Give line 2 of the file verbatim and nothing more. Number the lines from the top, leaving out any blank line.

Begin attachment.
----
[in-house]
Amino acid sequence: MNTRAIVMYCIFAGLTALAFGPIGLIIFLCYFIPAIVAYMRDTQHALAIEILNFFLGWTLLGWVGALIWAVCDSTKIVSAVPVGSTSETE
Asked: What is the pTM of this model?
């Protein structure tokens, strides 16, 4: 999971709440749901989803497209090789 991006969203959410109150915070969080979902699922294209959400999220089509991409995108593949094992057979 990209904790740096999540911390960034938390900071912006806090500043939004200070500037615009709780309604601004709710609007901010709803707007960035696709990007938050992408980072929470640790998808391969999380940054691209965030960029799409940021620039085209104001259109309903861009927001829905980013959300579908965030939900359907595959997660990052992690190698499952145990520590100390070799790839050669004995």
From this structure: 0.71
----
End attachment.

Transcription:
Amino acid sequence: MNTRAIVMYCIFAGLTALAFGPIGLIIFLCYFIPAIVAYMRDTQHALAIEILNFFLGWTLLGWVGALIWAVCDSTKIVSAVPVGSTSETE